Wednesday, March 17, 2010

You're Global. Get Over It. (Now How?)

We are pleased to announce the following DigitalNow 2010 CEO Session:

You’re Global. Get Over It. Now How?

This session features a panel of esteemed industry leaders:

  • Gregory Balestrero, President and Chief Executive Officer, Project Management Institute

  • Ronald B. Kuppersmith, MD, President of the Board at American Academy of Otolaryngology – Head and Neck Surgery

  • Paul Pomerantz, CAE, Executive Director, Drug Information Association

Session description
The industrial revolution has been replaced by "access innovation." Your industry, your members and your profession are inhaling the fumes of a global economy. Whether your association consciously engages or recognizes your neighbors from southeast Asia or the Middle East, if the board room question is: "Should we go global?" then that is the wrong question. If you are implementing a deliberate global engagement strategy or preparing your members for the real economic and professional impact of global dis-intermediation, then you will want to join this executive and volunteer team as they consider the why, the how, top line issues, governance, culture/nationalism and business planning issues surrounding your global marketplace.

Learning Outcomes


  • How boards develop a strategy that represents a global framework
  • Understand how global impacts your state, affiliate, or local chapters beyond a Wall Street Journal article
  • Understand the key considerations in deployment of your association global network
  • Build chapters, partner with local NGOs, outsource… what works and doesn't work
  • Consider how culture or nationalization influence decisions
  • What governance models work and don't work

We welcome Gregory, Ronald, and Paul, and are excited about their contributions to the DigitalNow community on this critical issue.

Our panelists will be posting additional information and comments on this topic, so stay tuned to the DigitalNow blog - and we invite you to become part of the conversation by posting your comments and questions.

There's only one way to participate in this session: Join us at DigitalNow 2010!



Registration now open for DigitalNow 2010 - April 7-10 at Disney's Contemporary Resort.

Watch videos and download session content from DigitalNow 2009 at http://www.digitalnowlive.com

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Contribute to the DigitalNow blog. Suggest a blog topic, or reference an article or other item you think would be of interest to the DigitalNow community. Drop us a line at DigitalNow@fusionproductions.com

3 Comments:

At 12:44 PM, Anonymous Anonymous said...

While the worldwide economic downtown has impacted all organizations, the points from Friedman's book written a few years ago, are magnified 100X.

Why the World Is Flat:
http://www.wired.com/wired/archive/13.05/friedman_pr.html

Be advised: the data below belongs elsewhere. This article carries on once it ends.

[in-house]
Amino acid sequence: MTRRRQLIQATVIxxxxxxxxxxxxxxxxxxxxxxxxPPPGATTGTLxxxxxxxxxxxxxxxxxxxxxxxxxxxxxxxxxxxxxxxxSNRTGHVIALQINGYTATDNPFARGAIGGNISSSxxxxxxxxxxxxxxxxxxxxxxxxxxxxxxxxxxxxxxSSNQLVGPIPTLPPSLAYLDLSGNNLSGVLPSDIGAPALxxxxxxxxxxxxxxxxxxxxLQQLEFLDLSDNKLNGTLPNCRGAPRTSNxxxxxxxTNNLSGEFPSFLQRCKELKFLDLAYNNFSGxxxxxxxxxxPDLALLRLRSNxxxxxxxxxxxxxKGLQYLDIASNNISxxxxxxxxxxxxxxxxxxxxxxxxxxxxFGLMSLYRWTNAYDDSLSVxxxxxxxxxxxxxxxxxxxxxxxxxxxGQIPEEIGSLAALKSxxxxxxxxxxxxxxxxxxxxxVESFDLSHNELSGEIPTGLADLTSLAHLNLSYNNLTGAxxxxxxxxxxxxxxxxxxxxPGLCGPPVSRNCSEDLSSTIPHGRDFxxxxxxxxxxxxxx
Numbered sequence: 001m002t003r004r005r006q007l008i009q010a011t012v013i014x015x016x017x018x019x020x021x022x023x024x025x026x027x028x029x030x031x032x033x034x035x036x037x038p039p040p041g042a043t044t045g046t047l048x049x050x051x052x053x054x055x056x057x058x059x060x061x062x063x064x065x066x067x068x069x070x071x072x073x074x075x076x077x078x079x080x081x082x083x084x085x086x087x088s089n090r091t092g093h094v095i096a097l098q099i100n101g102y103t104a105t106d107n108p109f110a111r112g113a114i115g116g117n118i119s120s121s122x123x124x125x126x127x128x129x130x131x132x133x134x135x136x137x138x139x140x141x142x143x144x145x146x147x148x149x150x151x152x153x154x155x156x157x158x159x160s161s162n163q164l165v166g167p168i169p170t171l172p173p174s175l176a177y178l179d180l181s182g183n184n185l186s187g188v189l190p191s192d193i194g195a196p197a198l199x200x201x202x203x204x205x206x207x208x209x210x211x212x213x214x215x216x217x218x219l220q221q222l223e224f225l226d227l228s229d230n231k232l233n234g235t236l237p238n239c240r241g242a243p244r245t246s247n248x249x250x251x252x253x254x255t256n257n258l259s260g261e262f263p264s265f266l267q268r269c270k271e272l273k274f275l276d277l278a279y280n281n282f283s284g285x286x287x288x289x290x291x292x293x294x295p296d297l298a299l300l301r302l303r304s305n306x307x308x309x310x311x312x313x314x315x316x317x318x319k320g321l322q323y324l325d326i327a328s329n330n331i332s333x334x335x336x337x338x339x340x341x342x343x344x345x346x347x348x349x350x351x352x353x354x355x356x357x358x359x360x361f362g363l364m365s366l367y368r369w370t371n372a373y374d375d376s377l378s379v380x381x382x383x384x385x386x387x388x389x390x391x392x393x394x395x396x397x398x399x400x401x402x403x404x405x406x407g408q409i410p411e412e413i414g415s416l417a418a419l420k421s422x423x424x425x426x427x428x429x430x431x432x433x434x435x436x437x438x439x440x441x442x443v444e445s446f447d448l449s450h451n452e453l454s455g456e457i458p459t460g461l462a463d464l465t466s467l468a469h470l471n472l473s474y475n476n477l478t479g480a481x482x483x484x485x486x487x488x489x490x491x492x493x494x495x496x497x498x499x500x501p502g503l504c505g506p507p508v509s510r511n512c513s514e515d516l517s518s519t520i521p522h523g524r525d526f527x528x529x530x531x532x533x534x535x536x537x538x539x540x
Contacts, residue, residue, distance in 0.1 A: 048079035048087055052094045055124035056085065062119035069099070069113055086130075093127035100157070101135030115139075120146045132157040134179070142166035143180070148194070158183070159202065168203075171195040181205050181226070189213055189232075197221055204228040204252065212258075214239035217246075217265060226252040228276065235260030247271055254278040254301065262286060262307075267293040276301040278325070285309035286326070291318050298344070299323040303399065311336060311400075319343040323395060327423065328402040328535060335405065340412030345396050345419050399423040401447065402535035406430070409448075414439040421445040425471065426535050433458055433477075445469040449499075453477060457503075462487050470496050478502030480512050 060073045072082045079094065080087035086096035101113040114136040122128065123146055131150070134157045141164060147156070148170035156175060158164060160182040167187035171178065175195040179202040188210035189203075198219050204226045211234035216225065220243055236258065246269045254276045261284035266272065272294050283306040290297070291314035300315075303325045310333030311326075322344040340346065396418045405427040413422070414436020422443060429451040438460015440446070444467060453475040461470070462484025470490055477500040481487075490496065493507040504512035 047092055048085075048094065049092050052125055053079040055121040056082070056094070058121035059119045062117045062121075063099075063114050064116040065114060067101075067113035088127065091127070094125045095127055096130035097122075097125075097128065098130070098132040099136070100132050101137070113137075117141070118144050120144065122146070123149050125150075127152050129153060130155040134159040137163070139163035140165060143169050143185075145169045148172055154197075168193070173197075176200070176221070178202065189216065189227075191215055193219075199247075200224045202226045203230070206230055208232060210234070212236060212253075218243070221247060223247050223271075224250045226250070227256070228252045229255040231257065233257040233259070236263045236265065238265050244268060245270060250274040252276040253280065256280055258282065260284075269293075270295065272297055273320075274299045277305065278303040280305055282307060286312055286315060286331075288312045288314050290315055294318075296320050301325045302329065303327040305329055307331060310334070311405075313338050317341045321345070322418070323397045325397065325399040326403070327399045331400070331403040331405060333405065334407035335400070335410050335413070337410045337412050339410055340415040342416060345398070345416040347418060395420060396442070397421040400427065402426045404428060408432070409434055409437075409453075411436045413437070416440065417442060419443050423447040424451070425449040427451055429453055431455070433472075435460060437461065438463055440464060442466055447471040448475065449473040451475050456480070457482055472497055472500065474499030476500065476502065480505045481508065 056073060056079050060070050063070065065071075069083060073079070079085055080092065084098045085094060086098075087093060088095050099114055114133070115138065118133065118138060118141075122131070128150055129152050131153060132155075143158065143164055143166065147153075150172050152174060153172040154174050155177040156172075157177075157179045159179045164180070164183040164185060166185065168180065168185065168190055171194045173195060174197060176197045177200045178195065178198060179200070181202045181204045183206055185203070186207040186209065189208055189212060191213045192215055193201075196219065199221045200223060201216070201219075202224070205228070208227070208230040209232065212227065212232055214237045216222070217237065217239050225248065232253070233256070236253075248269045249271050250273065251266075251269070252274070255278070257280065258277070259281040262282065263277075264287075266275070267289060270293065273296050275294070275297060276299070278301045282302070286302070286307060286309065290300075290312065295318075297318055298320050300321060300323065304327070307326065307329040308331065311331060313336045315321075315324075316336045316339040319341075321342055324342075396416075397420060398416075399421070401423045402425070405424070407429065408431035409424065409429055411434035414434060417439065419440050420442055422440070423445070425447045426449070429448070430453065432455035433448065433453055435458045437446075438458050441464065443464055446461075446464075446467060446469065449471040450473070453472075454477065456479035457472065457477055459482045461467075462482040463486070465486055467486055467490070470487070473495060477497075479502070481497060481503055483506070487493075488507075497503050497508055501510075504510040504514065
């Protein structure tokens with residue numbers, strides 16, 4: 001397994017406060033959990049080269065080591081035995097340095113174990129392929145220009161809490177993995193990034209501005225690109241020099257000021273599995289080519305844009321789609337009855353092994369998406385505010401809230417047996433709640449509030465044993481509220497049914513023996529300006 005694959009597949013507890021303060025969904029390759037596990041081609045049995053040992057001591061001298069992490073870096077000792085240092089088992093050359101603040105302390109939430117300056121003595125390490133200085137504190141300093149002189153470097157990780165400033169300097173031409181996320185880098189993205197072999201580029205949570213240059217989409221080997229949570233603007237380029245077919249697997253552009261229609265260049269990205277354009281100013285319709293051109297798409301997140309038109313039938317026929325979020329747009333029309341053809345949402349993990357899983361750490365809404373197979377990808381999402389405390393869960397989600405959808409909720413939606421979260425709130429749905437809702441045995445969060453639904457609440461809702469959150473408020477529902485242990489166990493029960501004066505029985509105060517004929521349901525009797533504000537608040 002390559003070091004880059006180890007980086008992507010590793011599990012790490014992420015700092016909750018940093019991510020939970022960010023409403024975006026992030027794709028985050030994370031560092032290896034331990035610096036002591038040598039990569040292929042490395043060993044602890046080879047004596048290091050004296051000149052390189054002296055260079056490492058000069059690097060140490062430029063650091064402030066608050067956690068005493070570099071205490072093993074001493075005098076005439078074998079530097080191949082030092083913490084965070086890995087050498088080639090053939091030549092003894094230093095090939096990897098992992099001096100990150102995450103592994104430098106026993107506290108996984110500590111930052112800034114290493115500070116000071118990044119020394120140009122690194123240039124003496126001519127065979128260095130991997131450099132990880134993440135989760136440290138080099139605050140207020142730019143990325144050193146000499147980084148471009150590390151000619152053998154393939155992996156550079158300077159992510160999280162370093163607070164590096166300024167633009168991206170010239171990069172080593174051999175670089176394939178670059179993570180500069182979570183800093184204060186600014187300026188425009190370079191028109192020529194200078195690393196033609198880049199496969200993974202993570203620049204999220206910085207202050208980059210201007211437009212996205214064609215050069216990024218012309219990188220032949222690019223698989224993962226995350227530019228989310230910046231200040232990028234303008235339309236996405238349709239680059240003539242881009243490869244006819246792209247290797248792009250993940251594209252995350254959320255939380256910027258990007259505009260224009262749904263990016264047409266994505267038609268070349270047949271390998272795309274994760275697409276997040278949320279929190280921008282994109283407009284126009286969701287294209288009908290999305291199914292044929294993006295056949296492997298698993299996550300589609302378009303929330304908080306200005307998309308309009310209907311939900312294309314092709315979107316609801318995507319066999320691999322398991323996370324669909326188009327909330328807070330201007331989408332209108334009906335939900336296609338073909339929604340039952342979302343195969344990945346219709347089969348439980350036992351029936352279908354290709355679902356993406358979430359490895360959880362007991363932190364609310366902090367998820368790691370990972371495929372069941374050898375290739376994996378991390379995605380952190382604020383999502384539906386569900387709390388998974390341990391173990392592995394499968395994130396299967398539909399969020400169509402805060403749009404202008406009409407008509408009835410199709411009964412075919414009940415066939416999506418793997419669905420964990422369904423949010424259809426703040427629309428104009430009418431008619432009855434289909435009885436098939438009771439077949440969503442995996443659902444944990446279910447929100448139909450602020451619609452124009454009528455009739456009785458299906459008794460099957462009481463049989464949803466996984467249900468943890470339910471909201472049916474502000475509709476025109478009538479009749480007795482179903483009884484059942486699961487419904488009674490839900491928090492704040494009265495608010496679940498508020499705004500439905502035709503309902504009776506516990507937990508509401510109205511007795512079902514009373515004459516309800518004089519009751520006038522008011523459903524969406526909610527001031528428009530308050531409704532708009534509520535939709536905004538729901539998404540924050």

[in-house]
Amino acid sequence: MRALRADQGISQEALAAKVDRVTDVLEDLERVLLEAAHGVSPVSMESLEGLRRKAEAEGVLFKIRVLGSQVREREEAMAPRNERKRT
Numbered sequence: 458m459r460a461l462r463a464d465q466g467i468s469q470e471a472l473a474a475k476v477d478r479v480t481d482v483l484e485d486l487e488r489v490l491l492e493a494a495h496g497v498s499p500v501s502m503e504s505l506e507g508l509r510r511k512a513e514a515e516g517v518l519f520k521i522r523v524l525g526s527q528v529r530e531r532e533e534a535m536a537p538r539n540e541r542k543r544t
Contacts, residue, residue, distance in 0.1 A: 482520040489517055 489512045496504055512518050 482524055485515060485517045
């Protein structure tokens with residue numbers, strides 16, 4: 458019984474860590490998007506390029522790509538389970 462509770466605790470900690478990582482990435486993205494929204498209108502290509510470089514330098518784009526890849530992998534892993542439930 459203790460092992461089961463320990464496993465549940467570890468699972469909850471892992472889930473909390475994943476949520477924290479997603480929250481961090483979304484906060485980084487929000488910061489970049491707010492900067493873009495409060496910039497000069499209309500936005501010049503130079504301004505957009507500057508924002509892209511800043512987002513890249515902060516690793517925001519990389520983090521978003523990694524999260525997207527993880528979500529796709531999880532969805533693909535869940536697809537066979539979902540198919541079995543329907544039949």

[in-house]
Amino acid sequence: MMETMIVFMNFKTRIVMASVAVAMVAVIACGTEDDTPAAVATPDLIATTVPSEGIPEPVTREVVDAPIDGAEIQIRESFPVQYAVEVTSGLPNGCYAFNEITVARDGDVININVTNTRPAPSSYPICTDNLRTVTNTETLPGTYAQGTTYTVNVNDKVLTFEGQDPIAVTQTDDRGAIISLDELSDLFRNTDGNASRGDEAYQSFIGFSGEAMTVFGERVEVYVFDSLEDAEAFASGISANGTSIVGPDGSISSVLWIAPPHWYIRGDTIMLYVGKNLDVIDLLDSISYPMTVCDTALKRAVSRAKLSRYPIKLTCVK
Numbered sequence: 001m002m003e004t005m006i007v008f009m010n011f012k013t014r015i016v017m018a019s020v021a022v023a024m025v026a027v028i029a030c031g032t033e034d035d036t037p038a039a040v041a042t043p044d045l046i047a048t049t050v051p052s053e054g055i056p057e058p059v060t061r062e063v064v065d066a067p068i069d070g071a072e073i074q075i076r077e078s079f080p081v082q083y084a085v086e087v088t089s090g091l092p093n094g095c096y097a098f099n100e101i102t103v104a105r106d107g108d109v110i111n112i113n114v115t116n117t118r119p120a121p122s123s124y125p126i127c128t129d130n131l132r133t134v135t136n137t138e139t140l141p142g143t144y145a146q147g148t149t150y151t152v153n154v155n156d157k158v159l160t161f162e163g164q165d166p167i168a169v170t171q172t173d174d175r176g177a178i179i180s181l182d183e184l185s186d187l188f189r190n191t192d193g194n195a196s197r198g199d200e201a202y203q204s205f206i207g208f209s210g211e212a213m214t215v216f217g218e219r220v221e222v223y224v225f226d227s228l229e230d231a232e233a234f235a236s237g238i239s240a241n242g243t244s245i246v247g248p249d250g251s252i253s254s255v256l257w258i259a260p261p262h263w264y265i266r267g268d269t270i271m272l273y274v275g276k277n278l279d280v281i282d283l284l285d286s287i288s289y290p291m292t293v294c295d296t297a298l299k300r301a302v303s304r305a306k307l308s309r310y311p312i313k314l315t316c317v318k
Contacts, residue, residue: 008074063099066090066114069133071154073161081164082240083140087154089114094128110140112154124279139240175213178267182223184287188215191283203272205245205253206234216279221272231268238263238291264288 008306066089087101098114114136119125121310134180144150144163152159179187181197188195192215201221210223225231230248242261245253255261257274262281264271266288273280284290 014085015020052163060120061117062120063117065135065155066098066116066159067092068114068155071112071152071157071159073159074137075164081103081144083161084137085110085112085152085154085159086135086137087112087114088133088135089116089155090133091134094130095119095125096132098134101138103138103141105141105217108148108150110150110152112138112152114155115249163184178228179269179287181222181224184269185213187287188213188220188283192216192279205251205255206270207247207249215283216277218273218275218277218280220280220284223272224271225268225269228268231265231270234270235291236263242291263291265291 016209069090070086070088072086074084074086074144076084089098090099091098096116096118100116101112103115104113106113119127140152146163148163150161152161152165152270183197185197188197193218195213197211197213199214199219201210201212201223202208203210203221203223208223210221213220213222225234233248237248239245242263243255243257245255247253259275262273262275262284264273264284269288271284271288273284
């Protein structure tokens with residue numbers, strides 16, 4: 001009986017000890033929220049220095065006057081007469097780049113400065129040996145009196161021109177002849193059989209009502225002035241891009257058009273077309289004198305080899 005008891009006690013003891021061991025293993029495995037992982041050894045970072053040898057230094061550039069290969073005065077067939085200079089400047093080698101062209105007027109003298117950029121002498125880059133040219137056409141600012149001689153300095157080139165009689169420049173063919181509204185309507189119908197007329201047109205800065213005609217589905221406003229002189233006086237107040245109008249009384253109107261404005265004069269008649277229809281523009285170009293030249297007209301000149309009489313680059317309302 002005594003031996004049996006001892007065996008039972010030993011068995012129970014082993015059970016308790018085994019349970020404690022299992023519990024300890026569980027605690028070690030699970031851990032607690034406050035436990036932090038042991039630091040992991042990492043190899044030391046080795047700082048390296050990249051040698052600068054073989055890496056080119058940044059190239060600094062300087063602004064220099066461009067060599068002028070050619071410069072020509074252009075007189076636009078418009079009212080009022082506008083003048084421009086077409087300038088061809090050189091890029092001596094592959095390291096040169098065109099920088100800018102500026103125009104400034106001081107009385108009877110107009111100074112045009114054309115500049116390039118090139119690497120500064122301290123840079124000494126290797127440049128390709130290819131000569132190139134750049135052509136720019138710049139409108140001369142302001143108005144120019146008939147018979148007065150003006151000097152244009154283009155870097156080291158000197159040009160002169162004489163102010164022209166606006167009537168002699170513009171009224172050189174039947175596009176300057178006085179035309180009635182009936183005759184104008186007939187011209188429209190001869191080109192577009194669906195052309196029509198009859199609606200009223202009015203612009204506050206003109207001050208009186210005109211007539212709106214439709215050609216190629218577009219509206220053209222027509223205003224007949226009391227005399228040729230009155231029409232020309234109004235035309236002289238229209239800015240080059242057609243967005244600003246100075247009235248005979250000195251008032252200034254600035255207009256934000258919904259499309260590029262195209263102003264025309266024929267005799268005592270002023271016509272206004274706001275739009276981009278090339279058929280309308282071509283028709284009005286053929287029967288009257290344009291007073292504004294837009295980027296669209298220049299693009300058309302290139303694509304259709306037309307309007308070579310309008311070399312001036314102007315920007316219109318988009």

At 12:59 PM, Blogger Don Dea said...

Since Tom Friedman wrote his wake-up call with the "World is Flat", a worldwide recession, a generation in new social media, and a total resizing of economic resources has magnified the point that all global is really local.

Why the World Is Flat:
http://www.wired.com/wired/archive/13.05/friedman_pr.html

 
At 9:25 AM, Blogger Don Dea said...

Here is interesting perspective on the opportunity that social media brings to the global/local agenda.

The two forces among us.

One is a social media culture enabled by the Internet to span the globe, cross all oceans, and reach nearly 20% of the population of the Earth. Wow.

The other is much older, much larger, and far more powerful. It is a social media culture that spans the neighborhood, unites communities, and organizes society. This one reaches 100 percept of the people on Earth. Now, this too is being enabled by the Internet. Wow.

Think globally act locally…or is it think locally and act globally?

Global Social and Local Social each have a different focus, different vetting mechanisms, different advantages and often disadvantages. Each has different rules of engagement, different social expectations, and different long term / short term memory standards. Each has a different cadence, stress valves, and damage control systems. The more you look at them, the more different they are.

They will diverge, then converge.

Neither can be in focus at the same time – they can only be contrasted. Seeing the forest and the trees together effectively encrypts data, causes misinterpretation of important features, and loses track of causation. Ironically, clarity is most often achieved by old school face-to-face encounters. That’s no secret.

Money happens because people happen, not the other way around

The great opportunity for the all modes of transportation, tourism, recreation, entertainment, lodging, and every “experience enterprise” from Starbucks to Whitewater Safari is to provide the fabric for Global Social to integrate with Local Social.

Value is stored, shared, and exchanged by people in close proximity to each other and therefore a great amount of value can be created through the facilitation of strategic face-to-face encounters. As simple as this may sound, nobody else is doing it because nobody else can.

http://www.ingenesist.com/general-info/local-social-vs-global-social.html

 

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